A fine Eastern Pende Panya-Gombe African mask. Coll.: David Norden
Another Smithsonian Bad marks -News Day:
Betsy Broun Gets a Bum Rap
found at artsjournal.com Posted March 22, 2007
Score a scoop coup for Jason Edward Kaufman in The Art Newspaper, for this report posted Tuesday (and cited yesterday by the Washington Post) about the highly critical findings, publicly released yesterday, of a panel of major museum professionals charged with a comprehensive review of the Smithsonian's constituent art institutions (....)
The report gives particularly low marks to the National Museum of African Art:
There has been a longstanding lack of visionary leadership at the museum. The director's protracted illness, the absence of either a deputy director or chief curator, and curatorial departments that are either understaffed or underperforming, contribute to the present discouraging situation. Staff and trustee morale is dangerously low.
At least Paul Farhi, reporting in the Washington Post, has eased our minds about one troubling finding:
The committee said repairs to the museum buildings "are urgently needed" and warned that leaks in the Freer and Sackler's storage areas threaten their collections. Smithsonian spokeswoman Linda St. Thomas said that the criticism was "outdated." She said any artworks in vulnerable areas are protected by plastic.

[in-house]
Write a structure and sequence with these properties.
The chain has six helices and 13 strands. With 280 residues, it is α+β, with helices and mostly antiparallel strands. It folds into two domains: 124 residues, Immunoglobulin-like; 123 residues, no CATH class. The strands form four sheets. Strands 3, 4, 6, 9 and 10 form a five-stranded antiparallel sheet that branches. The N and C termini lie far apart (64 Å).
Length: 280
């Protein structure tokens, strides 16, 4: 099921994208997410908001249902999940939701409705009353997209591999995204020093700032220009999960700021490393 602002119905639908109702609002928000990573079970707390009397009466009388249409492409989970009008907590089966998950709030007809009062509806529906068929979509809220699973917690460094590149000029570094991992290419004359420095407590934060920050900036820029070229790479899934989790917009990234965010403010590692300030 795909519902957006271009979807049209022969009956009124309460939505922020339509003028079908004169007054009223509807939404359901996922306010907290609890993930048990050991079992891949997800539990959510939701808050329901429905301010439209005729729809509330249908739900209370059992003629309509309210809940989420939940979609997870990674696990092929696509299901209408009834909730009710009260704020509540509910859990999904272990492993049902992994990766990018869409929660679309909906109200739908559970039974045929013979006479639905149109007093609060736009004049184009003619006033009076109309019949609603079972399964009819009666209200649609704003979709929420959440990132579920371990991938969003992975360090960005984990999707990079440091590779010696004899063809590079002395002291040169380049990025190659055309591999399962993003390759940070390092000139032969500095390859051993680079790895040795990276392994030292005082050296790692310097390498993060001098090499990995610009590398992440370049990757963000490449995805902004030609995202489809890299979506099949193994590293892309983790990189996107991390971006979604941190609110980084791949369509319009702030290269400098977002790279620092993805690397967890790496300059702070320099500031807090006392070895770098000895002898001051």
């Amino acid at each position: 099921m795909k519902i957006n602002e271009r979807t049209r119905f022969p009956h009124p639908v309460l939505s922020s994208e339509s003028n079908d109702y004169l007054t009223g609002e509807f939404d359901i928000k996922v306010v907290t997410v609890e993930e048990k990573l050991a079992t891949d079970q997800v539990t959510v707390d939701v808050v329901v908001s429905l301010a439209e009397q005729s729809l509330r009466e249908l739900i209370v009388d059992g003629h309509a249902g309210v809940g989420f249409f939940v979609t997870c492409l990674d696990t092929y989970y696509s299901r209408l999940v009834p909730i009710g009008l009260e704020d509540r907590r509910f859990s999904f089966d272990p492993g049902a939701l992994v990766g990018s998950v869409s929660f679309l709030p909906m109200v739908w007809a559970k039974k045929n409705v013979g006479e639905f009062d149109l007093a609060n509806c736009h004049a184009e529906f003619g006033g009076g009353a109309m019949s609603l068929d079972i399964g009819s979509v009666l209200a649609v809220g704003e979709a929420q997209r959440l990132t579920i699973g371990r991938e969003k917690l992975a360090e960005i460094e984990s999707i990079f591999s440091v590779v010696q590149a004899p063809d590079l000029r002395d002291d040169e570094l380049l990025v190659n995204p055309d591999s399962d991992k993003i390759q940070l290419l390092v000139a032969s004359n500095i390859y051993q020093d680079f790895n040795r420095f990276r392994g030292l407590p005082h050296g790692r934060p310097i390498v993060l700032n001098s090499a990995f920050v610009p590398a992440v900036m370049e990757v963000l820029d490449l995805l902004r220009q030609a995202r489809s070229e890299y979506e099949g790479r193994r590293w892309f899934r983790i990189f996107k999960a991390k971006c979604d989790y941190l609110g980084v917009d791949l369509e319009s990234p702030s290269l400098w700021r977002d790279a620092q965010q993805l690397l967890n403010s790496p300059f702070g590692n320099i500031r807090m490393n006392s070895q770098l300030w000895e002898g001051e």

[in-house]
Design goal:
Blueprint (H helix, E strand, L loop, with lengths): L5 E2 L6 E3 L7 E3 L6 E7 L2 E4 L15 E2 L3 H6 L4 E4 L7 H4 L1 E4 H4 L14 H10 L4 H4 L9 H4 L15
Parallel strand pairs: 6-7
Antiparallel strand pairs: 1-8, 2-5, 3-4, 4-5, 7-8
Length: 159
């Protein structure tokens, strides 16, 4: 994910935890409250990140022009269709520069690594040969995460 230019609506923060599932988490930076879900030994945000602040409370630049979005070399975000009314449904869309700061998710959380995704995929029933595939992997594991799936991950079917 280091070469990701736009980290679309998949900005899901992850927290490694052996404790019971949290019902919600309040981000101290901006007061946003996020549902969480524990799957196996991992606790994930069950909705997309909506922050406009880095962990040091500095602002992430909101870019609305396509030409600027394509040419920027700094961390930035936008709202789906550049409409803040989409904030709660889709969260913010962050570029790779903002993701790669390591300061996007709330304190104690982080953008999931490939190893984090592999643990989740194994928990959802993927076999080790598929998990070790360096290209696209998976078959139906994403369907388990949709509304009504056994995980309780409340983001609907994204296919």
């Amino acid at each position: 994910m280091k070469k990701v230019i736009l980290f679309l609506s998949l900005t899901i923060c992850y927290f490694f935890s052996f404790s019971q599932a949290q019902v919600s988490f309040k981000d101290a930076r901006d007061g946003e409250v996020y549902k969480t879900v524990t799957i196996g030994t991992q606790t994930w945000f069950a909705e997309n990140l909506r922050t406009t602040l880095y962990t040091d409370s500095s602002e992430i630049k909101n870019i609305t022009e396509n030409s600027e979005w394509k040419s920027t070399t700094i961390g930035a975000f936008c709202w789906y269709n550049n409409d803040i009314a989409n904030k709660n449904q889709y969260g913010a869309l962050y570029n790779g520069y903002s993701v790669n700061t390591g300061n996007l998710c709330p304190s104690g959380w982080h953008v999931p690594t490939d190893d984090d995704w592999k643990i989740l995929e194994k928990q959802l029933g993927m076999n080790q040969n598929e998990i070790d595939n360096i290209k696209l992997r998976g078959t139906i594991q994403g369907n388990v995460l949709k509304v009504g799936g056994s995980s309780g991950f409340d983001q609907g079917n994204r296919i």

Plastic! That's so reassuring!
Speaking of the Smithsonian's woes: Tyler Green provided links yesterday to the Washington Post's continuing follow-ups on the Lawrence Small compensation controversies, uncovering alleged irregularities that go beyond the initial reports of a mere $90,000 in questionable expenses over six years. And the NY Times yesterday weighed in on this controversy here
National Museum of African Art
This comes just three years after Small plead guilty to the charge that his private collection of tribal art, obtained by possibly dubious means, contained feathers from protected birds. And that isn't the end of it: when originally presented with findings from an inspector general's report, the Smithsonian's 17-member board fudged, ignored, or changed rules to exempt Small - and even tried to quash the report, according to a seething Post editorial
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